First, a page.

Best Practices For Moving Into A Senior Community
Moving into a senior community or considering the option? Let's discuss optimal ways for entering this environment and beginning a new chapter in your life.
Portrait of a smiling older woman eating at a table with other seniors in a senior community

Moving to a new senior living community may make you feel like the ‘new kid on the block.’ Even if it’s been many decades since you were the new kid at grade school, high school or college, you know the feeling. Everyone seems to know each other. There are clicks, social groups, activity groups, and interest groups. It can feel like you’re a stranger in a strange land.

Although you may feel awkward at first, it helps to recall, everyone you see felt like this. Everyone was once the new kid. Now, they seem happy, well adjusted, and enjoying their lives. It may take a little time, but since they did it—you can too.

Here are 6 big ideas for success. These 6 Do’s and Don’ts can help you speed up the entry process so you’ll get on your way to enjoying your life in your new community.

01. Use The Buddy System

DO: Use The Buddy System
It’s usually easier to find a friend to go to activities, have tea, or try a new class. If you know someone in the community, start with this person. They don’t have to be your bosom buddy, just a friendly person to help you get acquainted with the new environment.

DON’T: Ignore People You Know
Even if you’re not on stellar terms, knowing someone is better than being completely alone. Don’t let an old perception get in the way of building a friendship with a familiar acquaintance.

02. Open Up

DO: Open Up To New
Try out new activities you’ve never done before. Maybe you’ve been intrigued with a yoga class. Perhaps there is an outing to a museum or park you’ve never visited. Open up your attitude and try new things.

DON’T: Refuse To Participate
As you sit alone in your room, you will miss out on meeting people, learning new things, and having fresh experience. You may initially feel more comfortable in the privacy of your own world…but in the long term, this is isolating. Give yourself some wiggle room to try out something new. A day a week. Two days a week. Three…well, you get the idea.

03. Eat Together

DO: Eat and Socialize
Eating together is traditionally a time to be nourished, by food and by friends. In a new community, you will find that mealtimes are a great way to meet new people and form relationships. Share stories. Listen to experiences. Use the mealtimes to visit with folks at your table, in the hallways, and before-and-after the event.

DON’T: Eat Alone
Eating alone can be isolating and the worst idea you’ve had so far. It’s O.K. for a quick bite…but remember— you are not just here for a moment. This is your new community. Mealtime is double duty—time to eat and time to meet. If you don’t like your tablemates, roam around. Find like-minded spirits and eat together. Making friends is a smart way to get comfortable as quickly as possible.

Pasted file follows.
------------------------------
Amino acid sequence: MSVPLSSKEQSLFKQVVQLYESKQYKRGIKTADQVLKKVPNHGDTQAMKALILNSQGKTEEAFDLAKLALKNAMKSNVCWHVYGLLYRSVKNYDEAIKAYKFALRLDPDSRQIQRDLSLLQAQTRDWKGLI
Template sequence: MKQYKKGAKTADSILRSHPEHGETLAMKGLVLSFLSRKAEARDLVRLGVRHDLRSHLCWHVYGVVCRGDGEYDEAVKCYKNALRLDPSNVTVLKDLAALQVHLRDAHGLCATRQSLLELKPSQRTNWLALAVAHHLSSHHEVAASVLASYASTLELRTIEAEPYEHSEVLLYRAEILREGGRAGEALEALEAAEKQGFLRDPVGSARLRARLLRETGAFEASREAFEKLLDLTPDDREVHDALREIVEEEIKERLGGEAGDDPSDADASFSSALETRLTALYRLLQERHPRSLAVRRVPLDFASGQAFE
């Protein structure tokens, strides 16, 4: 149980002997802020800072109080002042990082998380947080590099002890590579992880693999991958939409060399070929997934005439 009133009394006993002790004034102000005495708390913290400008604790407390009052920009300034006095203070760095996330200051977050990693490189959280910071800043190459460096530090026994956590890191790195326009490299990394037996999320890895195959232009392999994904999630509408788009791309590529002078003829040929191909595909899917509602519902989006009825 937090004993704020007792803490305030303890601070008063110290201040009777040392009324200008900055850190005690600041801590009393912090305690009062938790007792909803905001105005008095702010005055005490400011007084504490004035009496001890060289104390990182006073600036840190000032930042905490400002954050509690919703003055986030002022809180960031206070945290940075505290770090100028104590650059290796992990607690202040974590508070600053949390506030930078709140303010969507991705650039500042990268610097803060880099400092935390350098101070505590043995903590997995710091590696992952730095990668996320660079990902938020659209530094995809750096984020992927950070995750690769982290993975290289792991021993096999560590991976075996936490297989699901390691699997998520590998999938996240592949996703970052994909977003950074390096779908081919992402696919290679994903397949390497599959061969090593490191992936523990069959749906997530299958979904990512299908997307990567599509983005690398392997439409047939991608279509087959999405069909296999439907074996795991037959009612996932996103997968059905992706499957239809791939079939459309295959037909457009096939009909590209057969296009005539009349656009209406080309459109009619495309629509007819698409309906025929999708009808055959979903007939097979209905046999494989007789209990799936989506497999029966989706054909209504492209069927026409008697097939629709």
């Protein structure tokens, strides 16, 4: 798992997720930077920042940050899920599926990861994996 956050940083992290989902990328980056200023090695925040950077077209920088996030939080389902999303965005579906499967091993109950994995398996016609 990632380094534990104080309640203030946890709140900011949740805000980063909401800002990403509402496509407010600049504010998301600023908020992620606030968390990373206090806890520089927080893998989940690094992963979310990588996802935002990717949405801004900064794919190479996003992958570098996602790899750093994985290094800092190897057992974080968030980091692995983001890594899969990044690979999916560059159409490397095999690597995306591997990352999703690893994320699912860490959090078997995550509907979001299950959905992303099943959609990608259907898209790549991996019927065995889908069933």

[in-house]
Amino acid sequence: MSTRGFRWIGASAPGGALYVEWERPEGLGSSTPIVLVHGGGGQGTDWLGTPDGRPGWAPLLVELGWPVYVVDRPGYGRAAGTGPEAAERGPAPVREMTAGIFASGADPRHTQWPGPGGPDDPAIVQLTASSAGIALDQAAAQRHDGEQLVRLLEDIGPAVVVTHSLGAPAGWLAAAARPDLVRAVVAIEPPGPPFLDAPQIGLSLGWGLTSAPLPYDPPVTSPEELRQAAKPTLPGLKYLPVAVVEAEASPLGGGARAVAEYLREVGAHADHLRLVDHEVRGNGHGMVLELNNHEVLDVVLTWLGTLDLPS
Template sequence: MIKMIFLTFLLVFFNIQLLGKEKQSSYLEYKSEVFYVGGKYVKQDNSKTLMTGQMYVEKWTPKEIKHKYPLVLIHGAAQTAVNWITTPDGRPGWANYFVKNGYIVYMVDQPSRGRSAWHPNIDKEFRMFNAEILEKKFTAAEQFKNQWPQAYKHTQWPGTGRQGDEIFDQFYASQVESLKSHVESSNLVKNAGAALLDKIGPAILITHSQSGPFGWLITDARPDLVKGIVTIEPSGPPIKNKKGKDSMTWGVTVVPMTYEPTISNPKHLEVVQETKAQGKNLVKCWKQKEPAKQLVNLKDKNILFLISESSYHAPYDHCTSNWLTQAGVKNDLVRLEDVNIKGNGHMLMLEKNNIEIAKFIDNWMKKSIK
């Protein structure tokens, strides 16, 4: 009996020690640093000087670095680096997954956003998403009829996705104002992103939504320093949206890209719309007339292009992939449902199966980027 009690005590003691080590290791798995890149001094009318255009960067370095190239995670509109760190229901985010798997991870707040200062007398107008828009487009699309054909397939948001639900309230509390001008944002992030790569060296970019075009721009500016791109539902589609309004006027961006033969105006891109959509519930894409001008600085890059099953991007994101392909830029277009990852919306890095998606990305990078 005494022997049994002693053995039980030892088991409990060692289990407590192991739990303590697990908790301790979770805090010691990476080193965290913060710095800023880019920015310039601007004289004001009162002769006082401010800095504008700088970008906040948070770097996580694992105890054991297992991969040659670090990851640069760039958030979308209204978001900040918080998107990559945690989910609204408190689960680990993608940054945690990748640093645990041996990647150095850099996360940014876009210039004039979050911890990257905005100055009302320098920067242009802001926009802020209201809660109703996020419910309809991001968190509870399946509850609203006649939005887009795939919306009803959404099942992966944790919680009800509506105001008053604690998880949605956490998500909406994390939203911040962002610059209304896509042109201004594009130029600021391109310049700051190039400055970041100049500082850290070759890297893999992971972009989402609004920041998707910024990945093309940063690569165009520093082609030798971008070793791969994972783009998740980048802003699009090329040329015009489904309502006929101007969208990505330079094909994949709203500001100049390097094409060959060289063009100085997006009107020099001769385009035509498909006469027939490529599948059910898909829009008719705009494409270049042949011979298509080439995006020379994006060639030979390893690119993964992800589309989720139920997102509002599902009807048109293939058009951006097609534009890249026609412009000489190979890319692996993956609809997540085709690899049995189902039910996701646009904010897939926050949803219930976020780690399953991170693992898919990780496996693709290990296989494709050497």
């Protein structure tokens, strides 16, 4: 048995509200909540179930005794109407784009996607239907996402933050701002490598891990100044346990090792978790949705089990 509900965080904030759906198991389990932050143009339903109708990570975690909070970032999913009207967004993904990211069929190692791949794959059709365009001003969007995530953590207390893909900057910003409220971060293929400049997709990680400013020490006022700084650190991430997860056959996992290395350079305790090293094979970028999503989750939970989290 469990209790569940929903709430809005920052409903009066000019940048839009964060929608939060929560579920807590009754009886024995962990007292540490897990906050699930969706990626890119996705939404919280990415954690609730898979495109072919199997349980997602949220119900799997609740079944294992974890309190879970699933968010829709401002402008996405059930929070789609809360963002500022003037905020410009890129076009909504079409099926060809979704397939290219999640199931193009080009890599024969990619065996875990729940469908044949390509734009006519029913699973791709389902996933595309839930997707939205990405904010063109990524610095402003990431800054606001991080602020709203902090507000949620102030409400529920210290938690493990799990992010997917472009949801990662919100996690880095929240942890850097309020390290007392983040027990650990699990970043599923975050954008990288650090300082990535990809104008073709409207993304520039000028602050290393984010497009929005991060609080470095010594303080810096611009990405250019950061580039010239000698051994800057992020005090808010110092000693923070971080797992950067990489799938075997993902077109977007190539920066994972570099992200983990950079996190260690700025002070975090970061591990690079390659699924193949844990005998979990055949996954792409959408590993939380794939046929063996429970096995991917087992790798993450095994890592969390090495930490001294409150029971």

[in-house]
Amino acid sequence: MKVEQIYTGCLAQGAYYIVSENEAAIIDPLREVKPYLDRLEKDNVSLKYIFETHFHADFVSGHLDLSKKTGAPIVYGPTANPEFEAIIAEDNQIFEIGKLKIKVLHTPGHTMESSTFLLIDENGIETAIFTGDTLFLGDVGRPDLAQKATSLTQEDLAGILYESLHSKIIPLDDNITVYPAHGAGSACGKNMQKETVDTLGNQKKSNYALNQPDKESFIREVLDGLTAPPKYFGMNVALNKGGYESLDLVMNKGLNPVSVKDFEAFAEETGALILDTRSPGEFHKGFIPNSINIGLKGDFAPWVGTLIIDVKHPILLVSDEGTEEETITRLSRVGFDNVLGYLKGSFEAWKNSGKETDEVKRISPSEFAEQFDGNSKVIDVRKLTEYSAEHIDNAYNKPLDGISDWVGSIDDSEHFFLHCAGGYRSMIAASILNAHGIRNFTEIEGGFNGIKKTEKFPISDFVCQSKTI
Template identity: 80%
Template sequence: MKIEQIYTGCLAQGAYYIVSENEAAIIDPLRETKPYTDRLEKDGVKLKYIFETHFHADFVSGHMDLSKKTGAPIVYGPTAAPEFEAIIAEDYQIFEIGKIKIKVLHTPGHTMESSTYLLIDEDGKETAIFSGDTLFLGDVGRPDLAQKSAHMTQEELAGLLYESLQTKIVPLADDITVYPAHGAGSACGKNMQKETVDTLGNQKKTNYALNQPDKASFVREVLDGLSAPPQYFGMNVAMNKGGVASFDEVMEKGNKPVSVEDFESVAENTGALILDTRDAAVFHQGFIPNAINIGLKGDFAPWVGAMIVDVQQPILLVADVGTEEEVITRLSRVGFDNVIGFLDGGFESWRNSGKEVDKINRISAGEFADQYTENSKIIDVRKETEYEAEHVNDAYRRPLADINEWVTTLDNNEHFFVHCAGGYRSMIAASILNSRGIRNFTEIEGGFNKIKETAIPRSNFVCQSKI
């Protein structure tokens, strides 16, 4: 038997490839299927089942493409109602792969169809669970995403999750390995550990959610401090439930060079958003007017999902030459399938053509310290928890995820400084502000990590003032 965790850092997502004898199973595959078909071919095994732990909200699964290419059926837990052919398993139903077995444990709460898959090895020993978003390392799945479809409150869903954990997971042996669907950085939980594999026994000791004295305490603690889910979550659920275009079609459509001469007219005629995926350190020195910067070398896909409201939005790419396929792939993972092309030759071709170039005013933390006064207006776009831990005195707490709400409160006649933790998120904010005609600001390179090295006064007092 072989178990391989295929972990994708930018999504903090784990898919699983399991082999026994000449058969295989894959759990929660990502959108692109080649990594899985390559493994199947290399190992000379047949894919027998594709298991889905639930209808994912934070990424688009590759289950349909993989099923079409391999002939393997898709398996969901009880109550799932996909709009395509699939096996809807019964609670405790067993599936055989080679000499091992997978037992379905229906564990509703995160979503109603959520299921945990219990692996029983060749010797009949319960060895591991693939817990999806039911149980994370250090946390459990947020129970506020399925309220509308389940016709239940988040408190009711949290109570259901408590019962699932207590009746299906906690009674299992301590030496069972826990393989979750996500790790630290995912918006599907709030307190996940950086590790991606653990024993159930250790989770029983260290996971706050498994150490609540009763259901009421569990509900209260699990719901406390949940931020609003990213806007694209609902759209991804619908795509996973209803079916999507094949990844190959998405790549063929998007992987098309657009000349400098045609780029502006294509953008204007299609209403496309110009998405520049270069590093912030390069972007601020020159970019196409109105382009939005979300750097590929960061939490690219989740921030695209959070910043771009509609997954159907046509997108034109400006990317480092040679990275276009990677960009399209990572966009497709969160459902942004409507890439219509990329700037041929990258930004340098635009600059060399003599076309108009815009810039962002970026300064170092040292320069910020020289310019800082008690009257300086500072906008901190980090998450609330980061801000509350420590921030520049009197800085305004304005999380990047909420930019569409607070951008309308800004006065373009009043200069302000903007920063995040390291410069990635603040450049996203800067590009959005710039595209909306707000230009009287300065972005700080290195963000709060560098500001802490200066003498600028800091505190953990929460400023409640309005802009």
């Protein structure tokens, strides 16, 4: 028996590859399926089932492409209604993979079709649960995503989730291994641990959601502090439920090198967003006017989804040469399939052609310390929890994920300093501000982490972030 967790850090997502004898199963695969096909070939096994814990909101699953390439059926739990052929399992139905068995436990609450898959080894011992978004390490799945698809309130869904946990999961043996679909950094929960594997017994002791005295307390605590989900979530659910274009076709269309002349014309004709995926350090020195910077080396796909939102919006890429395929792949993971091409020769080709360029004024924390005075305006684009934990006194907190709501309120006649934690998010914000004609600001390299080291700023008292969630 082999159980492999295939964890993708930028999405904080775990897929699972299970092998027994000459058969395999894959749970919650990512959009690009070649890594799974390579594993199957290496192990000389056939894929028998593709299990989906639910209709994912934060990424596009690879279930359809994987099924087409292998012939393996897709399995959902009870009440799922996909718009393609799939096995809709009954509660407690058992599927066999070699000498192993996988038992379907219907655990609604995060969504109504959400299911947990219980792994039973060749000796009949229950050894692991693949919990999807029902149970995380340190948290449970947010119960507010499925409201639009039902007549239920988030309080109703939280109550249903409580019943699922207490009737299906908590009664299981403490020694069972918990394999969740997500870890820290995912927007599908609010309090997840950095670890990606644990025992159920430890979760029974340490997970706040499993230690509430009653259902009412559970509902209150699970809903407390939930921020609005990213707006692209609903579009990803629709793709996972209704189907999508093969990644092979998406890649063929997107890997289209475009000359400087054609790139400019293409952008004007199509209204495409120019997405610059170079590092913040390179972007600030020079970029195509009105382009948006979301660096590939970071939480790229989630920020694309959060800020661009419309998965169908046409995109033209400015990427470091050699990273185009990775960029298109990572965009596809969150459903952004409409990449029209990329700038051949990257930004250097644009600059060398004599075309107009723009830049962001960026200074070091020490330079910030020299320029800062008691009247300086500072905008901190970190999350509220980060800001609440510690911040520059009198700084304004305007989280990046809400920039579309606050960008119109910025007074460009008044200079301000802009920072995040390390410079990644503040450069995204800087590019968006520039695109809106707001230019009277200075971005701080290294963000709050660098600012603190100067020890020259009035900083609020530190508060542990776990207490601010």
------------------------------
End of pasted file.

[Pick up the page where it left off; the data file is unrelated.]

A group of senior friends laugh together while sitting on a bench in a park

04. Get Out and About

DO: Get Out and About
Go for a walk. Play a game. Take a class. Read a book. Find people with similar interests and form a group. Maybe you like a certain kind of podcast. Talk to the activities director about forming a group around your interest.

DON’T: Hole Up In Your Room
Even if your room is lovely and well decorated, give yourself a kick out the door. Get out and meet people. Enjoy the fresh air. Explore the building. Find out what activities are happening when. You wouldn’t let a child hide in their room…don’t give in to your own urge to hide out.

05. Learn and Teach

DO: Learn and Teach
Is there something you’d like to learn? Maybe there’s already a class, activity or group organized in this area. If not, talk to the activities director and set one up.

Perhaps you have a skill you’d like to share—painting, sewing, journaling or something else. Life long learning is a wonderful way to share your interests and help other residents explore their creativity.

DON’T: Stop Learning and Teaching
When learning seems too tough, it could be you are trying to learn something you don’t value. What would be really exciting, fun, or awesome to learn? By connecting with what truly matters to you, you’ll find the oomph to jump over any obstacles. Same goes for teaching. You may have a knack for doing a craft that someone in your community would love to discover. Spark any ideas?

06. Be Patient

DO: Practice Patience
Be patient with yourself. Be patient with the place. Be patient with the people you meet. Be patient with the staff and directors. You’re in a new environment and it’s natural to feel a little off kilter. Give yourself time to adjust, make new friends, and find your own groove.

DON’T: Give Up
It takes time to make new friends. It can feel a little odd, scary or awkward at first. Take a few risks and talk to people. Expand your field by talking to different people, try out new activities, and vary your routines. In a short time, you’ll know more people, find your home-zone, and connect with your tribe.

A group of happy senior friends with their hands on top of each other

Assistance Club Summary

The Big Idea: Being the “New Kid on The Block” is like a blink in time. With a few tips and tactics, you can break the ice and start enjoying your new surroundings.

Pick the tips that make the most sense to you. Do those. Then, add in new tactics—either ones listed here, or ones you invent. In a matter of days or weeks, you’ll feel at home, and ready to welcome other new comers. Only then, you’ll be the one showing a new comer the ropes. Just imagine that!